The Citroen DS started the 20th century as the preeminent designer fetish object. Yet the last two decades have seen the fabled French automobile lose some of its lustre, as emerging young designers get less and less likely to include a car in the catalogue of things that inspire them. This new book is perhaps the final word on the creation, status and legacy of that remarkable automobile. Authored and illustrated by the Swiss architect Christian Sumi of Burkhalter Sumi, The Goddess – La Déesse is a piece companion to the British architects Alison and Peter Smithson’s book ‘AS in DS’, originally published in 1983 and re-released by Lars Müller in 2001, a new edition that was also edited by Sumi.

The DS’s legendary status is due to three things: Flaminio Bertoni’s design, the media circus that surrounded its unveiling in 1955, and — for the design-obsessive — the car’s inclusion in Roland Barthes’ Mythologies. Barthes declared the DS as the contemporary equivalent of a great gothic cathedral, a ‘purely magical object’ that has ‘fallen from the sky’. And finally there was the name: ‘DS’, a not-so-subtle play on the French word for ‘goddess’, practically demanded one bow down and worship at the car’s technical and aesthetic sophistication.

The Citroën DS

The book includes comprehensive archive imagery of Bertoni’s design approach together with extensive analysis of new studio photography demonstrating how the DS evolved over its lifespan and the detailing that still makes it so distinctive. Sumi and the Smithsons were not the only architects and designers to be smitten, but the car was also a popular hit and stayed in production for 20 years, with nearly 1.5 million models made. It continues to define Citroen — the company’s stand-alone sister brand is actually called ‘DS’ — and many are still on the road.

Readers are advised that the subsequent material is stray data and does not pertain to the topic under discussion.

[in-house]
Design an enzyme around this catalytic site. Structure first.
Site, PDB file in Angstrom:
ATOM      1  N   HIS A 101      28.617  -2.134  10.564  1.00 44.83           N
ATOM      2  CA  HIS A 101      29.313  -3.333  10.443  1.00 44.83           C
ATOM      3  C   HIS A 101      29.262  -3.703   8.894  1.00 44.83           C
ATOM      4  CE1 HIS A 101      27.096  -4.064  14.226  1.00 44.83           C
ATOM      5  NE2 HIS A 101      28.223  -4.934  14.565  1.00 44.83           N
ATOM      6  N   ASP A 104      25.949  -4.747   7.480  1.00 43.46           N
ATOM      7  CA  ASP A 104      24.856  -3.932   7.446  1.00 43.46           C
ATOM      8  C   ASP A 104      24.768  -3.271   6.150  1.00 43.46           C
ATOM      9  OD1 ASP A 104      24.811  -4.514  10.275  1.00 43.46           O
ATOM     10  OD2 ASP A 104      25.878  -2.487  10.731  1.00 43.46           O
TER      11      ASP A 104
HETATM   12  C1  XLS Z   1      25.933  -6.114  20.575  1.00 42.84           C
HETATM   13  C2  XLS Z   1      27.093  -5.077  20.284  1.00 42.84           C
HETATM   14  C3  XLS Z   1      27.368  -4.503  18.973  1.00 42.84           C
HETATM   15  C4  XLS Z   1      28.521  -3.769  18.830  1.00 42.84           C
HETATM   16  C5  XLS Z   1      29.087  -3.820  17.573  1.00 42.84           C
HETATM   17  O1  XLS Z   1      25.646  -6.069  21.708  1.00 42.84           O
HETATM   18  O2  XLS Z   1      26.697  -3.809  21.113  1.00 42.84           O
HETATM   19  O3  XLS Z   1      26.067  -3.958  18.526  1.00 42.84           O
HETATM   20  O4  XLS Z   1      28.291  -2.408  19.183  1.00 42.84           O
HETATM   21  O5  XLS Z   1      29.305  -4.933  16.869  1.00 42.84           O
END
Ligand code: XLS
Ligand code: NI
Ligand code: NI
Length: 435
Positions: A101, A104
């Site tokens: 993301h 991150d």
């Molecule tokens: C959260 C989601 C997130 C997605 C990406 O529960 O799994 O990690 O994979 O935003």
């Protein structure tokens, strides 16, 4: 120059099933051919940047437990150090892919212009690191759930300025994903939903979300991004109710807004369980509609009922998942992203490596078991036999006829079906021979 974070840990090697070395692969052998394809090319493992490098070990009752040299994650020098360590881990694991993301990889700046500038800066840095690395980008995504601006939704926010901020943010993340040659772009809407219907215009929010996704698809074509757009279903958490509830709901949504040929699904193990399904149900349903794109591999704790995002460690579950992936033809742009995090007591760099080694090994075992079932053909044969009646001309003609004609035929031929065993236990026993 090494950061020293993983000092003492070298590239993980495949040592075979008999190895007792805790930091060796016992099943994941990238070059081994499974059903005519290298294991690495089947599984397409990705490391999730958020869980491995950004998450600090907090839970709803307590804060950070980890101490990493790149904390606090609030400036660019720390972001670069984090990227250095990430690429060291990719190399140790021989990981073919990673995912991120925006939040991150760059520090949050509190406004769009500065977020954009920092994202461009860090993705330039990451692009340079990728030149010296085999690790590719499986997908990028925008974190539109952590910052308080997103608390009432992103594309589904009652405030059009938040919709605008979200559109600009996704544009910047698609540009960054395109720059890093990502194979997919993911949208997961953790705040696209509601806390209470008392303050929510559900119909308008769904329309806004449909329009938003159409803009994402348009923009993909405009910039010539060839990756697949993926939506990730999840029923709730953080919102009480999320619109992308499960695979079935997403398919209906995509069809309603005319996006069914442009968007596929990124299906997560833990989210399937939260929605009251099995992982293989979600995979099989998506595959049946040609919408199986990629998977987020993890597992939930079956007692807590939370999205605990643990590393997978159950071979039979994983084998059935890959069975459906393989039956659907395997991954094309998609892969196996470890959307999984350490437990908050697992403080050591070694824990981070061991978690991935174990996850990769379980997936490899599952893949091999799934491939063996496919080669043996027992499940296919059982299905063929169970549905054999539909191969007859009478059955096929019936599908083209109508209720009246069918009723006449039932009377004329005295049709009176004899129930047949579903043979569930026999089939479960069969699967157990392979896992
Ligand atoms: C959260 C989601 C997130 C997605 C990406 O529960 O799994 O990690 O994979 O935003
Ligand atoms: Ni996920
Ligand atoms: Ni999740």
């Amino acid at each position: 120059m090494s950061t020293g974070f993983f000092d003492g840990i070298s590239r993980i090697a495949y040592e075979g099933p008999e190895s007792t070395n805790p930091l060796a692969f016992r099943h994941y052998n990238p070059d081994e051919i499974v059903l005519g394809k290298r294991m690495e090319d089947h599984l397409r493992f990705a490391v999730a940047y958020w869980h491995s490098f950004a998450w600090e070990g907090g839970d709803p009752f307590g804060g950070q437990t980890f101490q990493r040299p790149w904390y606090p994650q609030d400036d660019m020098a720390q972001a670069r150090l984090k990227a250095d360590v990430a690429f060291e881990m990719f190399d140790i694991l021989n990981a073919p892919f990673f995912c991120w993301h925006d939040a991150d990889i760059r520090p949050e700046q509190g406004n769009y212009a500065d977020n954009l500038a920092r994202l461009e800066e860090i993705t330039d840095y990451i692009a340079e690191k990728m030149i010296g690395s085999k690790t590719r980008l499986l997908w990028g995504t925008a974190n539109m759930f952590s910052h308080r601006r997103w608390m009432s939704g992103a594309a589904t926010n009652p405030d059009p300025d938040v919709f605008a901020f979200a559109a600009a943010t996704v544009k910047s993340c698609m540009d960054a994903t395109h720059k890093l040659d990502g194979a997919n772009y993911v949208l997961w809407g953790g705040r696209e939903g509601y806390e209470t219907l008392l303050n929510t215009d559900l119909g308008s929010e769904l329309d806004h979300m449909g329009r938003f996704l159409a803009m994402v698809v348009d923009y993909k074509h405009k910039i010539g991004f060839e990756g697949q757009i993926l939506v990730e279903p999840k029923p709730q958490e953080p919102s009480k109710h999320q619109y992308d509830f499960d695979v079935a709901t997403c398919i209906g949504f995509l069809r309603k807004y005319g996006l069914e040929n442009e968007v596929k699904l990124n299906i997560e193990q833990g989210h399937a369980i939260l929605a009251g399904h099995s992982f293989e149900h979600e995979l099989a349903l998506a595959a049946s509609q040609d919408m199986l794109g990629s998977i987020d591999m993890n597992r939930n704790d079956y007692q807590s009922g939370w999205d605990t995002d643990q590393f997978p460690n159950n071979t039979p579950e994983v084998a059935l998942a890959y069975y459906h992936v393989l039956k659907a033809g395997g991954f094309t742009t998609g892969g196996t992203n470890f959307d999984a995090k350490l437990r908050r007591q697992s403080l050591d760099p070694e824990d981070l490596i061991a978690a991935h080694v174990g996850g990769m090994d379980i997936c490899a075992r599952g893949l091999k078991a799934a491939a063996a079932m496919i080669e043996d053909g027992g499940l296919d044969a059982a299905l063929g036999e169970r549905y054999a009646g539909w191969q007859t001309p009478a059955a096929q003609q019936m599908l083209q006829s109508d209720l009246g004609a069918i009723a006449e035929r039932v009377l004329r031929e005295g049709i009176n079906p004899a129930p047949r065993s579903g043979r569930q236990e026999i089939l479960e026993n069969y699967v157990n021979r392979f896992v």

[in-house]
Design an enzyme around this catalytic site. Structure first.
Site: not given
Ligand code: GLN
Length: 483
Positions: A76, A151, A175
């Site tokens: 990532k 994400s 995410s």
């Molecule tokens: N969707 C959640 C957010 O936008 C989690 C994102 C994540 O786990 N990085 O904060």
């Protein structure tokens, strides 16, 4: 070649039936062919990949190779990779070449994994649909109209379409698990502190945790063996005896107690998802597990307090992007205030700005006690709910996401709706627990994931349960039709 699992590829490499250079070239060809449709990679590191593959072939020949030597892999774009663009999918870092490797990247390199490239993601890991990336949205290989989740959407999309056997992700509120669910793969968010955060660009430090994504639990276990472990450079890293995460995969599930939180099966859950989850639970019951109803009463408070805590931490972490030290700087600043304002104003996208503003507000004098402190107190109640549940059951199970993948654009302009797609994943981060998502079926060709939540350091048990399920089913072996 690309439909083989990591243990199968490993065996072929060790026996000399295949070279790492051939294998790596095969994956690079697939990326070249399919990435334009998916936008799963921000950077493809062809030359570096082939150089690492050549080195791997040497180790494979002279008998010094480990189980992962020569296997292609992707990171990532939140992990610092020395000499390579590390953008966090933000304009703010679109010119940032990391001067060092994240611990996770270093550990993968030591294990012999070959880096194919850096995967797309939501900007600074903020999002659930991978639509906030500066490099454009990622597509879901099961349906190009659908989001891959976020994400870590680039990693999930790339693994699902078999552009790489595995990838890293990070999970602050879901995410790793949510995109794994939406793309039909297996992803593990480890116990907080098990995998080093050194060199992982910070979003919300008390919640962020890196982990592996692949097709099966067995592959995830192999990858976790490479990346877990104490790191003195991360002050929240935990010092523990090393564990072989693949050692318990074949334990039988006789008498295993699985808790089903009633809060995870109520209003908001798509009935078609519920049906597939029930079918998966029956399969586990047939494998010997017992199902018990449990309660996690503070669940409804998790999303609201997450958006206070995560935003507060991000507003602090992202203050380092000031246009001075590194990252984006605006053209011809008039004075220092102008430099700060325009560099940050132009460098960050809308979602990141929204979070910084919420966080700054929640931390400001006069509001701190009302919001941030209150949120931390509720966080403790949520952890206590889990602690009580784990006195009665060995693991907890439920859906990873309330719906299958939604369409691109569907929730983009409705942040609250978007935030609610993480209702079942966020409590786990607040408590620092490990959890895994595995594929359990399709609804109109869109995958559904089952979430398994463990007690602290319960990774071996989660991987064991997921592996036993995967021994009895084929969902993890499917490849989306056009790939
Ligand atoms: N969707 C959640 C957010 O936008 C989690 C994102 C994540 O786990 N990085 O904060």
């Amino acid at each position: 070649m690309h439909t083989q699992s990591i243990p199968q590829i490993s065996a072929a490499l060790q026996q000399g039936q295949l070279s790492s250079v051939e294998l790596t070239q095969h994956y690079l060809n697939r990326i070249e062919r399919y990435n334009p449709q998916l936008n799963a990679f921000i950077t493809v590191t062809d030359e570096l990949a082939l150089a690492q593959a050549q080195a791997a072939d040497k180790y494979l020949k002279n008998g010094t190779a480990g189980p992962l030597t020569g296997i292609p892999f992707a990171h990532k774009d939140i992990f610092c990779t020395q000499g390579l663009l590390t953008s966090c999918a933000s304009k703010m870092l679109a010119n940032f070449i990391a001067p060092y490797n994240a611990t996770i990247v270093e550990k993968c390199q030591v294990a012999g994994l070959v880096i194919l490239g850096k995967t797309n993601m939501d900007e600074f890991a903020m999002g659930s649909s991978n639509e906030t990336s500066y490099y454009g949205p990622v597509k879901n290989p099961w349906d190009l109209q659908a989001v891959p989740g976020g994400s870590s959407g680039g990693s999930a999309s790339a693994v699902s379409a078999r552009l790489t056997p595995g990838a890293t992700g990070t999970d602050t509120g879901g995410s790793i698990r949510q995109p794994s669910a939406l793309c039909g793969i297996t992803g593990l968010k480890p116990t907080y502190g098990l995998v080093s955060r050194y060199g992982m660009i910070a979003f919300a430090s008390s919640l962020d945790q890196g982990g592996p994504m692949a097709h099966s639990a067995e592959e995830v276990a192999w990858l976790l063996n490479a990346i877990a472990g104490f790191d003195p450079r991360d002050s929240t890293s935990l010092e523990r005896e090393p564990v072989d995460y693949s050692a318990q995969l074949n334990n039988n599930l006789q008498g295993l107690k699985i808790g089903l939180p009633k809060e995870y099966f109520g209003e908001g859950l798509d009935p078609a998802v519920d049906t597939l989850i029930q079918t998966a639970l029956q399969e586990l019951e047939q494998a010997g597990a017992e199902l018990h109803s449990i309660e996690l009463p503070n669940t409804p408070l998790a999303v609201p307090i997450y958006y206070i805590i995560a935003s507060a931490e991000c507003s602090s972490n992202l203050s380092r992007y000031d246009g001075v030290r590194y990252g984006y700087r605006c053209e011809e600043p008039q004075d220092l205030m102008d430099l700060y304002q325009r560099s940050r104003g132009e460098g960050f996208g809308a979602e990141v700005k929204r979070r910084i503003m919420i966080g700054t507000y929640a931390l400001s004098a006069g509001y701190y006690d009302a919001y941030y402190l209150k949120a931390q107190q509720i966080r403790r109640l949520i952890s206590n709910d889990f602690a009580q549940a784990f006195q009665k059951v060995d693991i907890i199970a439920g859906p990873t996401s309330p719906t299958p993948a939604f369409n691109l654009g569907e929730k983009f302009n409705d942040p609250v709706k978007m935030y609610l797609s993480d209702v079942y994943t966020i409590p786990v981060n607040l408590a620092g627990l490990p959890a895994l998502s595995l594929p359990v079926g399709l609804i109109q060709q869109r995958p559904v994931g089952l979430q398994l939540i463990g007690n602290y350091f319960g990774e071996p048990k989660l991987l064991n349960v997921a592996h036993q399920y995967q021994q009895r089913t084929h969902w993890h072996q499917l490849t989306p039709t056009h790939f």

The final chapter features a series of images taken by Sumi of a DS graveyard in France, a field of these sleek wonders slowly rusting and being reclaimed by nature. Could the DS’s reign as a supreme design object be coming to an end? Although the name lives on, this book serves a fitting eulogy for an enduring symbol of consumer fetishism on its path from delight to decay. §